Wednesday, April 6, 2011

My first game with Kodu!

Today I played "Kodu". I made a game that was very fun! You would have to collect ten apples to win, and there was a fish that was worth 5 points.

First I hade to put a "Kodu" in the world, then program him/her to move around under my control, and also to eat apples. Then I added characters and objects, and programed them to eat each other, an the last one "alive" won.

Then Daddy and I played the game I made, against a computer ran character. We ended up winning, because the "cycle" kept going around in cicles until someone bumped it.

Dad's Take:
We've been tech busy in the past few weeks, but mainly playing games. I think I mentioned before that Gidget is participating in a "Girl Games" study being conducted by a friend at Gonzaga U. That's been fun, playing Nancy Drew, etc.

This is Spring break week so we decided to do some more programming. This time with MS Kodu, an icon-based programming interface. Really pretty cute. You click to add pre-made characters to the "world" then use the iconic programming to make them interact with the environment and other characters. You choose a "when" and when that state is met a "Do" is invoked. Here is a sample screen shot of the programming interface:

Using this model, Gidget was able to program a competative apple eating game. She created 3 characters, one controlled by each of us and an NPC. The objective was to see which character could eat 10 apples first. She even programmed the game to keep track of the score and announce a "Winner" when a character reached 10 apples. Here is the screen shot of an early iteration of the game:

Overall, this is a fantastic interface and she likes this programming much more than Python. Can't say that I blame her. While the feedback is nearly instantaneous in both cases, in Kodu, it is visual rather than text-based and you can create a complete game in a very short amount of time.

In terms of this being a literacy exercize, she was gaining a fundamental understanding of "if/then" statements, the core of actual programming. She's learning about interactivity by creating it. Most importantly, the tool itself is allowing her to be creative. It is not a paradigm-changing creativity, as there is no room to move beyond the pre-programmed constraints of the interface, but she is using the tools available to express herself in a fairly impressive way.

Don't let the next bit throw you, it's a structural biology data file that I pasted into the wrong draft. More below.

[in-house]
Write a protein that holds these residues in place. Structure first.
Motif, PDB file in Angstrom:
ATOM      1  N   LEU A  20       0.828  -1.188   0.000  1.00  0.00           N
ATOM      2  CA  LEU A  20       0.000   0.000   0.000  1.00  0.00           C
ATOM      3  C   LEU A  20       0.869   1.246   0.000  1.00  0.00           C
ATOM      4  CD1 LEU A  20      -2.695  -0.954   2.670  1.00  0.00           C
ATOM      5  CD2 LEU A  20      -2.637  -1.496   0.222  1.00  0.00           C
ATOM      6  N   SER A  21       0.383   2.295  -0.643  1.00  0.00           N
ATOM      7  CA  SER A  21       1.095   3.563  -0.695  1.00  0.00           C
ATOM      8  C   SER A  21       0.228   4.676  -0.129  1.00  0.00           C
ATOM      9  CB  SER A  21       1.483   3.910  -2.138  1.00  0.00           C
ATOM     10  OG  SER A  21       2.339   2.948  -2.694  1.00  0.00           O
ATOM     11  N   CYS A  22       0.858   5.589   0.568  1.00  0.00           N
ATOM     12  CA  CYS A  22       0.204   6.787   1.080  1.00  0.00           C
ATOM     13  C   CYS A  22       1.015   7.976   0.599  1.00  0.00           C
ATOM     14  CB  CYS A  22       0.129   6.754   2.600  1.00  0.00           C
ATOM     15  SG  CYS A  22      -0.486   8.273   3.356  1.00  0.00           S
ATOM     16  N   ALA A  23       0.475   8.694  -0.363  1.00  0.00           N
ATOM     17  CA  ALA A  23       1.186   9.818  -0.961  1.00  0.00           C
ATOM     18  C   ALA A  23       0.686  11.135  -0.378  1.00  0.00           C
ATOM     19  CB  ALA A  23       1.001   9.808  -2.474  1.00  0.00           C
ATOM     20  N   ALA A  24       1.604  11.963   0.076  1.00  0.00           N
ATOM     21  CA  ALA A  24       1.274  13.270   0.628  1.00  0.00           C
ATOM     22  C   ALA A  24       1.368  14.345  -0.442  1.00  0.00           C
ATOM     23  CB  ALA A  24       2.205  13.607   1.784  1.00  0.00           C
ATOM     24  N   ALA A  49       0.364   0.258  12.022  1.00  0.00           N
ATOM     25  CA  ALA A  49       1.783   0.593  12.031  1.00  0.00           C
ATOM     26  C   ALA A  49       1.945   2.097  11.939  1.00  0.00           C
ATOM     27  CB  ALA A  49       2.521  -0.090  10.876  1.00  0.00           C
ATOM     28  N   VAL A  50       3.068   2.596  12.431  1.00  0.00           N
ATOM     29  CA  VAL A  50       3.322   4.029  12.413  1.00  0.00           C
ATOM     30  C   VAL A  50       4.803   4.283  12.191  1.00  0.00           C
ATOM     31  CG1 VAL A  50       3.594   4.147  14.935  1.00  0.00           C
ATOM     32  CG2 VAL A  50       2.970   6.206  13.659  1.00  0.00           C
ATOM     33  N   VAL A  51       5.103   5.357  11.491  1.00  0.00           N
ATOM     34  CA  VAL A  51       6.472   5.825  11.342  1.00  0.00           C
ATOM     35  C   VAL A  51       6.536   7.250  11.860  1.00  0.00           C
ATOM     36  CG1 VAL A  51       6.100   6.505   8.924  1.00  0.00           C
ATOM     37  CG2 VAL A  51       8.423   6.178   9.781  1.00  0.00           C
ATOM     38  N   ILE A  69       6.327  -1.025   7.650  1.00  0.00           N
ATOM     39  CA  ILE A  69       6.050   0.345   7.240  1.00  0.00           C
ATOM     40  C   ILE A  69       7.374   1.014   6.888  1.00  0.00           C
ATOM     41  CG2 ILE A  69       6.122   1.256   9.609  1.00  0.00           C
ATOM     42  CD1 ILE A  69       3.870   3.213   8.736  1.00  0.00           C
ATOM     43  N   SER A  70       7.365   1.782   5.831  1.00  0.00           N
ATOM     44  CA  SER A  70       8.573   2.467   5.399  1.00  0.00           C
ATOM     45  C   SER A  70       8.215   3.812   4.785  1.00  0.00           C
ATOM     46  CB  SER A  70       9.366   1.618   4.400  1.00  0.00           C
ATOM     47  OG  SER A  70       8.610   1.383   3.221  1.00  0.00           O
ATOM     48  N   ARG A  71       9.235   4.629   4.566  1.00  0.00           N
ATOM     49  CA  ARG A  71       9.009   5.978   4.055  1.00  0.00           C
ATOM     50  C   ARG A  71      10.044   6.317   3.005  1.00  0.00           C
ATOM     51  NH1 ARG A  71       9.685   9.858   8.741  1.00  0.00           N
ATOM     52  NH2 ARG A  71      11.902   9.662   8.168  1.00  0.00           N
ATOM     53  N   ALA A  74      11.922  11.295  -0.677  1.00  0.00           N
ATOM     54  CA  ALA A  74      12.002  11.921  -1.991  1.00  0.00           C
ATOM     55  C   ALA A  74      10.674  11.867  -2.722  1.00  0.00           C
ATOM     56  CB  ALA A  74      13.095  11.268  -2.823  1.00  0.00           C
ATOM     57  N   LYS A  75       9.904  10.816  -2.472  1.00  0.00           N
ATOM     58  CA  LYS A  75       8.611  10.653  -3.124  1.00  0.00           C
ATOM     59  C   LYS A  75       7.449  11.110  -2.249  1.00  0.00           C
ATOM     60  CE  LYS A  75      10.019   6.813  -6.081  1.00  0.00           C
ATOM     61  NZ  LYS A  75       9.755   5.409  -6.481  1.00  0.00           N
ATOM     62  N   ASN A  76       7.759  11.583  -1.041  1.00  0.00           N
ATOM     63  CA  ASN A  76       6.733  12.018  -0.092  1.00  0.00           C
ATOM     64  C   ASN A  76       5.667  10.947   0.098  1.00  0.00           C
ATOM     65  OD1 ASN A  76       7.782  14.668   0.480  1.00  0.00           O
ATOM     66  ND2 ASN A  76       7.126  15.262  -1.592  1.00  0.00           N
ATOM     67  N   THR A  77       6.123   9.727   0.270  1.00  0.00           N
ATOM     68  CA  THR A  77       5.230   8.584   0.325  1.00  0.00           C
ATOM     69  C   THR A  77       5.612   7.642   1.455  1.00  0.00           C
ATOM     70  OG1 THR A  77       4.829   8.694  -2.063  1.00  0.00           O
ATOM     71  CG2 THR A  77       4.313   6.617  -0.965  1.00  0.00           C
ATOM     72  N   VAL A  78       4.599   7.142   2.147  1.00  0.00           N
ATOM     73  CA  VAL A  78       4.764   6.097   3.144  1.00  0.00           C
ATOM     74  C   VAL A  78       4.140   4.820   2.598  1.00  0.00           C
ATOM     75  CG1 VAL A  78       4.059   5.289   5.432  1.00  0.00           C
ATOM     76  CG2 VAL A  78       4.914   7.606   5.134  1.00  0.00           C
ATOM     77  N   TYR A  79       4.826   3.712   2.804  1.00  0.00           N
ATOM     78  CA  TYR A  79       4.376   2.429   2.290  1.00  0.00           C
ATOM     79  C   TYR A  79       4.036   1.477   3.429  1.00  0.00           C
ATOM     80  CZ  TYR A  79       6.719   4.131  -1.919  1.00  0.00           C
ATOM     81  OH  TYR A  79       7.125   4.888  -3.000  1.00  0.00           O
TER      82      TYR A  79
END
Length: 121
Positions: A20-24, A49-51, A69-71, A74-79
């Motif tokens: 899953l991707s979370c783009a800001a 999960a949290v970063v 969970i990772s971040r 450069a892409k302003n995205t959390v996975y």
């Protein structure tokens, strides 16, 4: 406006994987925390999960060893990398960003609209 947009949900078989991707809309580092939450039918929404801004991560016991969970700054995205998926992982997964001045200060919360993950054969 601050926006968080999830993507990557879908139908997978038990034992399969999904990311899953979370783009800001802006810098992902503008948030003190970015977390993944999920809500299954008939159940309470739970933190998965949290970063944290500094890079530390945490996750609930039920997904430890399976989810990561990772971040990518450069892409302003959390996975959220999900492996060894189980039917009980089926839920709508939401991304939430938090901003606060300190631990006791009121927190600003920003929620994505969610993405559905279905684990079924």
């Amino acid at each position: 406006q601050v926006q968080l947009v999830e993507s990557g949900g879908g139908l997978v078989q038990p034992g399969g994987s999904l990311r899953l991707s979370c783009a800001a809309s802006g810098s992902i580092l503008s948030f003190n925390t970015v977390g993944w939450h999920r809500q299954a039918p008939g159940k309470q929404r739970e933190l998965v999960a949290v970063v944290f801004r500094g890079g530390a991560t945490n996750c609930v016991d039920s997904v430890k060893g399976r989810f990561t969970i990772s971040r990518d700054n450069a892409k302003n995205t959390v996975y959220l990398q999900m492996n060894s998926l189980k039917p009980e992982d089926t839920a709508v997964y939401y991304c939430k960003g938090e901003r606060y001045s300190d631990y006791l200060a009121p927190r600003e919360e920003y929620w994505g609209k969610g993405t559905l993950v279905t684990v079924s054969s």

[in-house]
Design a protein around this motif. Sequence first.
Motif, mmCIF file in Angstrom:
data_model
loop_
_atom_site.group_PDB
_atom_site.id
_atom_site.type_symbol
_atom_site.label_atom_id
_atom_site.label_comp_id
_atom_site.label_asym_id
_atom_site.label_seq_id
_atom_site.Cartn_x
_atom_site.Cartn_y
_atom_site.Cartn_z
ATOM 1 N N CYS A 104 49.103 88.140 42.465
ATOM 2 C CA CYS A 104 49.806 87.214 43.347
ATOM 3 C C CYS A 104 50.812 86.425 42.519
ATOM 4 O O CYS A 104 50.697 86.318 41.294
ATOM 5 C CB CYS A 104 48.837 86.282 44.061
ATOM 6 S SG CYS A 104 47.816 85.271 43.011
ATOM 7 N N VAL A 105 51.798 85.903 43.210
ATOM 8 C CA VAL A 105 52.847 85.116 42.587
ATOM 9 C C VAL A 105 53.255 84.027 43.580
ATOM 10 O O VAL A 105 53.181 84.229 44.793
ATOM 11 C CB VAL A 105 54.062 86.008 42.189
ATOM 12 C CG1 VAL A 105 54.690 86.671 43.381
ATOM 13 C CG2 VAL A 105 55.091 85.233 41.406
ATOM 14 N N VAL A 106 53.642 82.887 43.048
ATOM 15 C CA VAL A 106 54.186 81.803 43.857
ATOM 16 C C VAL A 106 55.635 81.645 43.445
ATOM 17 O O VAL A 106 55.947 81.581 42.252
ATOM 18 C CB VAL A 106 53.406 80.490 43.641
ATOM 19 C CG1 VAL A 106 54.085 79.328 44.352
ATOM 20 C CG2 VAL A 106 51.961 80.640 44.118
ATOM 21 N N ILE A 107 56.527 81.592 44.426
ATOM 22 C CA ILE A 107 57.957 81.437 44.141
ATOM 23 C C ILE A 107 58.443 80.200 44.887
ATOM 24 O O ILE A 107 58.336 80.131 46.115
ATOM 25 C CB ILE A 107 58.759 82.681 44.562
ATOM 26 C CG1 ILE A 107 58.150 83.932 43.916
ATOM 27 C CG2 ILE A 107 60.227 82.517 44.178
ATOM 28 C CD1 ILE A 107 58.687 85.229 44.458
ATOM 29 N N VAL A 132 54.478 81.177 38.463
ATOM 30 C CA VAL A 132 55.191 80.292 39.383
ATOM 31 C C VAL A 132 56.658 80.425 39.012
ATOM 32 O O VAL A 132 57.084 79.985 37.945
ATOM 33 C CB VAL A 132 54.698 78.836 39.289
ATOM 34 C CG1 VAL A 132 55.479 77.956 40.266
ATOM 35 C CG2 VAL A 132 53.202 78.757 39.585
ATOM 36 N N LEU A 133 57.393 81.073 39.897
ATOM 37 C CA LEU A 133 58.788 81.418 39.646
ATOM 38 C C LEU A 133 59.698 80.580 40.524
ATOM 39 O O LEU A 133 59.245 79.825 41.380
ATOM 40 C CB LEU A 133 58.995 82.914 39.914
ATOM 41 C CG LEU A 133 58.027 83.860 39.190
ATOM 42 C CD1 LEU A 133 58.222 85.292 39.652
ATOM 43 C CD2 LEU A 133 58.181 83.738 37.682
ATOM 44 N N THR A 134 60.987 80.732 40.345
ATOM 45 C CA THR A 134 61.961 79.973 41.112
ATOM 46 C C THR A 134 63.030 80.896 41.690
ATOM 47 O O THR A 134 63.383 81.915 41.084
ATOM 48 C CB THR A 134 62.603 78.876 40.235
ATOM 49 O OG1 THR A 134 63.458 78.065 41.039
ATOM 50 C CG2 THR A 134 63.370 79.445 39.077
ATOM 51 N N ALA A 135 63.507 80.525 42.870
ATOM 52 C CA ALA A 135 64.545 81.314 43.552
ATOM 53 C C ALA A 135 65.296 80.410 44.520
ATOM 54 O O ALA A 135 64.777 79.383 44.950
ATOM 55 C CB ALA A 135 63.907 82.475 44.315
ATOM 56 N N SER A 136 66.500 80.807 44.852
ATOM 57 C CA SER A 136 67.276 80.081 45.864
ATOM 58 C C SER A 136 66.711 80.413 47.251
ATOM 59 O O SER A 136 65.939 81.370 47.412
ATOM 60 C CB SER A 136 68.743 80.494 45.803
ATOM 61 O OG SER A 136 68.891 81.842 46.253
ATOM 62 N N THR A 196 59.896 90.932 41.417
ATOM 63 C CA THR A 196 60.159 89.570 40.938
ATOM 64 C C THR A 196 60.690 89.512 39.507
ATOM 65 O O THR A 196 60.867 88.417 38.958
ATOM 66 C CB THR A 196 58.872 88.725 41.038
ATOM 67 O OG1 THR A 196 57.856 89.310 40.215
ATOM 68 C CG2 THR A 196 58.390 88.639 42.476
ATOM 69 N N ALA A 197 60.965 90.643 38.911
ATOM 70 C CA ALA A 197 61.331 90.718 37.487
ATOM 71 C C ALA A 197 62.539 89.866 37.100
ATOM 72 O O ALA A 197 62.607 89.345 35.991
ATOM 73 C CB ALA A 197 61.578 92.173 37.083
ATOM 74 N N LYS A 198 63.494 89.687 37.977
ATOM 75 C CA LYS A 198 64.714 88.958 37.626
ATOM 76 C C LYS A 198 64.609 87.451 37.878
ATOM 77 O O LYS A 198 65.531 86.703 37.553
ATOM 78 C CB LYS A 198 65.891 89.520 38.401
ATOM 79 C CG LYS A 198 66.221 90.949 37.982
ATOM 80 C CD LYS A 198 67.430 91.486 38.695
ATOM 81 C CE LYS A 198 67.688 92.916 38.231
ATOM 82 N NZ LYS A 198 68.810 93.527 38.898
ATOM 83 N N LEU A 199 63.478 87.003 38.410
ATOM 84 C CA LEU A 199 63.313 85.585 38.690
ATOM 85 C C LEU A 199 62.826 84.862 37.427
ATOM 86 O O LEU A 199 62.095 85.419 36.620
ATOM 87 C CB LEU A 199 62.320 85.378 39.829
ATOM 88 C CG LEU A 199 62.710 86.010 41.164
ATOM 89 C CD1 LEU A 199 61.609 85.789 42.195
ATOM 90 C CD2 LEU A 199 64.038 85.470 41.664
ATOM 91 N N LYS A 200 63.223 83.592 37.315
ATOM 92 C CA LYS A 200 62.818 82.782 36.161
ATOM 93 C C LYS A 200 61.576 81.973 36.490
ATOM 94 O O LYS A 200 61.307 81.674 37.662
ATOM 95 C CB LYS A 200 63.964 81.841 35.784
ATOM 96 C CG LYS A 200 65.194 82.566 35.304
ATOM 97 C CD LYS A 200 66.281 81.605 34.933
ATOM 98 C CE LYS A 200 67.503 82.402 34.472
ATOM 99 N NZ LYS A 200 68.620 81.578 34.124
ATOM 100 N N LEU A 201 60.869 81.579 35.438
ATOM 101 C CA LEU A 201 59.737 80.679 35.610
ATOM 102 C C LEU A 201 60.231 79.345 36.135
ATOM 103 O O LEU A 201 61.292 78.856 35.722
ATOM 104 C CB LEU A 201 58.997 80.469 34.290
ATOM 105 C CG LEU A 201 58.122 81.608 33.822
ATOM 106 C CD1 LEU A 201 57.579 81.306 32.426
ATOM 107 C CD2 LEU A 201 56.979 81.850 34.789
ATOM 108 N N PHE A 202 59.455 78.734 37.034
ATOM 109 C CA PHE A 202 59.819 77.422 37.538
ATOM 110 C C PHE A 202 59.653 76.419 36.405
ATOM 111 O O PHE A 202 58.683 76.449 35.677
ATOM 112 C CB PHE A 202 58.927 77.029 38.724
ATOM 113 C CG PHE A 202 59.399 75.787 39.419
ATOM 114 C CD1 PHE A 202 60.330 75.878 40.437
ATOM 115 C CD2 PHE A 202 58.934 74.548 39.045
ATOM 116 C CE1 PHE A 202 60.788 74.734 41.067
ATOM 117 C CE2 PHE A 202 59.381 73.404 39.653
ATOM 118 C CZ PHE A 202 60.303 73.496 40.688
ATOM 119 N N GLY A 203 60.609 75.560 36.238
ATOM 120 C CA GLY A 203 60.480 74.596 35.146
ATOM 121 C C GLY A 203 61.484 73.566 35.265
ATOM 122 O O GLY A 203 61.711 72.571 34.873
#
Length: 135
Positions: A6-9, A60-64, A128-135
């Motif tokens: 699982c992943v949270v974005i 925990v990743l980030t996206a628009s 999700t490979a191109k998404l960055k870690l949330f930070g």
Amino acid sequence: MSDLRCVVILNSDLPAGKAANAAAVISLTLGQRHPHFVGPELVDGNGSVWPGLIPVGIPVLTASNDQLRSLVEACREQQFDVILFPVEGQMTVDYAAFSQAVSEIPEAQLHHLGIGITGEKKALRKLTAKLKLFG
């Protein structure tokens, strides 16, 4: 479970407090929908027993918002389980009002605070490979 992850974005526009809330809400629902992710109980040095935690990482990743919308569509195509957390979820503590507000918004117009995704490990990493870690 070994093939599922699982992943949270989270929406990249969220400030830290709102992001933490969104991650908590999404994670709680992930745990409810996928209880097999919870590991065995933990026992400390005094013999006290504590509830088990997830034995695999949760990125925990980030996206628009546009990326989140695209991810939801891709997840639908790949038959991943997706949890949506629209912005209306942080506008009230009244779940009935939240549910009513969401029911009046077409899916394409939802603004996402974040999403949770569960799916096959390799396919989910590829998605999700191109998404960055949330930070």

I'll post more on this as we move forward.


Monday, January 17, 2011

Gidget's Gadget Blog - Entry #1

Today I learned to program Python! I learned that computers are very picky, because when I forgot " the computer said ERROR! I also learned that you type a math problem like16/2 the computer would give the answer 8.  I learned computer math symbols, *is the multiplication sign, - is minus, + is plus, and /is the division  sign.

I also learned if I typed print " now what I type in here, the computer types back." (after I press enter)

One of the things I did was add a math problem in with a sentence, and the computer would solve the problem and put  the answer in the  sentence.  For example, print "five times two equals" 5*2 -  the computer would write five times two equals 10 5*2= 10.

Here is one of the programs I wrote:                                                                                             #variables demonstrated
print "This program is a demo of variables"
v = 1
print "The value of v is now", v
v = v + 1
print "v now equals itself plus one, making it worth", v
v = 51
print "v can store any number to be used elsewhere."
print "for example, in a sentence. v is now worth", v
print "v times 5 equals", v*5
print "but v still remains only", v
print "to make v five times bigger, you would have to type v = v* 5"
v = v * 5
print "there you go, now v equals", v, "and not", v / 5

Dad's Take:
So we finally started working through the basics of Python together today. I had us follow an online tutorial (, which was a little tedious for her, since I made her type everything rather than copy/paste as it suggested. But I think that a significant part of learning this is in repetition. If Gidget keeps typing "print "blah, blah, blah"" over and over again, she will eventually remember the pattern for making the program print something. Same with the syntax for programming the computer to do math problems. She needs the repetition of  seeing that *=multiplication and / = division, to get in the habit of using those.

I find that this type of repetition is particularly useful when you are talking about programming, which is so picky about requiring that things be entered exactly in order to work. Overall, she did an excellent job and was very excited about the two programs she wrote. The first was a simple print program which made the computer output Mary had a little lamb. The second was the more complicated variable program above that incorporated print commands with variables and math problems. She wanted to keep both and has them on her desktop still.

More programming to come at a later date. But we finally got started with the blog.
Thanks to MLK day for giving us the time to sit down and work through this.